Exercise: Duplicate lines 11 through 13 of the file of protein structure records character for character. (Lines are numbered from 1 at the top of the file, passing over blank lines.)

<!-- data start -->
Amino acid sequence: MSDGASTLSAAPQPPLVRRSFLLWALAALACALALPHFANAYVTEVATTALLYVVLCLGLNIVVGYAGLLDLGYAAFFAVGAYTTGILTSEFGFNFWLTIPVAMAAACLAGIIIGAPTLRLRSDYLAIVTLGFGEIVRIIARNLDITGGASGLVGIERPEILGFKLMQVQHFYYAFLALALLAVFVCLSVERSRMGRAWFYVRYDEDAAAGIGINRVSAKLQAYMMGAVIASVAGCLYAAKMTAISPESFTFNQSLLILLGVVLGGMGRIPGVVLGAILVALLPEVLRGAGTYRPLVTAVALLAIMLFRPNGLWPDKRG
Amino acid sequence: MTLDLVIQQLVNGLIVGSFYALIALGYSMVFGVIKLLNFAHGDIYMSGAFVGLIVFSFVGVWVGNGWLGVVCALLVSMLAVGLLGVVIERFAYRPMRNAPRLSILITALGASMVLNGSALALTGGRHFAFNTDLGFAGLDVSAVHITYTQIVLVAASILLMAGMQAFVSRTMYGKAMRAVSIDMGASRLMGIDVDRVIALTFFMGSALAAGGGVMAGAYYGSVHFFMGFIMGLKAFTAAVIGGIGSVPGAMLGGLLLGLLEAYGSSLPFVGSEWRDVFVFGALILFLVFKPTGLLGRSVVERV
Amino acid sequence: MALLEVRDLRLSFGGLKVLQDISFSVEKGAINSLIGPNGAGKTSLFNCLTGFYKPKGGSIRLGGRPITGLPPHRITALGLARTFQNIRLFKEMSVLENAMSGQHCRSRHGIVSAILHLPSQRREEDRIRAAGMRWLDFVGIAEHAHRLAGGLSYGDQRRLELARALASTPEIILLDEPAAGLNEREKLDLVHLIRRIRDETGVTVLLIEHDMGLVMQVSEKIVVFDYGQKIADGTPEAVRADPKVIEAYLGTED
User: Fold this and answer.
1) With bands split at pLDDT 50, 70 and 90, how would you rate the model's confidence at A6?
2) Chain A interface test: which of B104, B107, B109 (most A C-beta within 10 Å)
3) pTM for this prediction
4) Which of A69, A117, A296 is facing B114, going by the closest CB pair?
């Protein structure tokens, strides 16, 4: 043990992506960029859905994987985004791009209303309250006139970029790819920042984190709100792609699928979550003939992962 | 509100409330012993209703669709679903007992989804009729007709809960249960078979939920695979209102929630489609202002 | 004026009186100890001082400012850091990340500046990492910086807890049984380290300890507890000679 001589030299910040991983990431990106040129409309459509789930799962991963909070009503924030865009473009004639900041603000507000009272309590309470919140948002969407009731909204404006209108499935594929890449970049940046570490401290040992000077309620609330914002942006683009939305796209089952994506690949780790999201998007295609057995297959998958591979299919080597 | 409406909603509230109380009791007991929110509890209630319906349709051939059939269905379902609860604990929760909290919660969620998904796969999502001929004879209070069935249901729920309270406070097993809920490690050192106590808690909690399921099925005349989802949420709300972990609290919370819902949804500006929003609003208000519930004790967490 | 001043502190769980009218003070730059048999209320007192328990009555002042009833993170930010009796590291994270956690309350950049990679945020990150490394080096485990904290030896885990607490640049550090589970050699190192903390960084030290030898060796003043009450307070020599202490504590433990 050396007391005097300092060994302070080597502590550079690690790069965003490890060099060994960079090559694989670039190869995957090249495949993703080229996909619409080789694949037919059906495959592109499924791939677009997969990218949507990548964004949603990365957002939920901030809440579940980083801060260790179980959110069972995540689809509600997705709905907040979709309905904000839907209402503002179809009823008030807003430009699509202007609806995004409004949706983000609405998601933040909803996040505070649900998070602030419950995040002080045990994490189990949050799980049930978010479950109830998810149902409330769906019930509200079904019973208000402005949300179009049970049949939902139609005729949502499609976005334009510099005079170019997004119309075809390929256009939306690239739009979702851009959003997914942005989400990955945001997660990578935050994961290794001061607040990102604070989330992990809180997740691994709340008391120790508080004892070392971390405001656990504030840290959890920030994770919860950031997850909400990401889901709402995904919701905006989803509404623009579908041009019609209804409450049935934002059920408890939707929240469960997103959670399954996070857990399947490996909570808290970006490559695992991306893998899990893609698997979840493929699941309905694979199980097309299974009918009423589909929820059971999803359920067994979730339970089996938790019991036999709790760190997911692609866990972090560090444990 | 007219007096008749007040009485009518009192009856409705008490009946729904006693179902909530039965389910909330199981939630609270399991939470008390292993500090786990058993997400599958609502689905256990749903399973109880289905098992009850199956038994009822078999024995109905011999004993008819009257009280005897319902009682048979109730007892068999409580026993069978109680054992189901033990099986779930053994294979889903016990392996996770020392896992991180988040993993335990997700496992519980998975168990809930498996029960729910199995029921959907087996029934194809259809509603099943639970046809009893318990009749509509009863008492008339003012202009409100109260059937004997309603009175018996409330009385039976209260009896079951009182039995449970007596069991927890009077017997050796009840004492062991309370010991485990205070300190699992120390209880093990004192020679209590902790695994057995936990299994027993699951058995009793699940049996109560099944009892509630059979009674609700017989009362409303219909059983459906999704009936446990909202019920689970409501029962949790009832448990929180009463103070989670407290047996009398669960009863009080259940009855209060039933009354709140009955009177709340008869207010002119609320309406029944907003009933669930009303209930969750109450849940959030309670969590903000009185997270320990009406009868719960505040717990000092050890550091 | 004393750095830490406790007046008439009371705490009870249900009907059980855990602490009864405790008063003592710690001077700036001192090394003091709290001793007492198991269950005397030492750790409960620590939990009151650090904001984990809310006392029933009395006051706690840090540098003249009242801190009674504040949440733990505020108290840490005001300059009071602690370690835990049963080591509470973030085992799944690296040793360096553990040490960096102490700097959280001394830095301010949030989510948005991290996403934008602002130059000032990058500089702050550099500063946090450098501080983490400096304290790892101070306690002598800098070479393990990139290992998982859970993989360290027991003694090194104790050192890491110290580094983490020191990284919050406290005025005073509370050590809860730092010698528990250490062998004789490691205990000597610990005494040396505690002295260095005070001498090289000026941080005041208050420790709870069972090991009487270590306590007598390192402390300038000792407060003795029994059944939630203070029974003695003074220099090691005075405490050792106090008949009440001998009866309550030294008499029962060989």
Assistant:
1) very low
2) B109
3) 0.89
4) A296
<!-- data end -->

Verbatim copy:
1) very low
2) B109
3) 0.89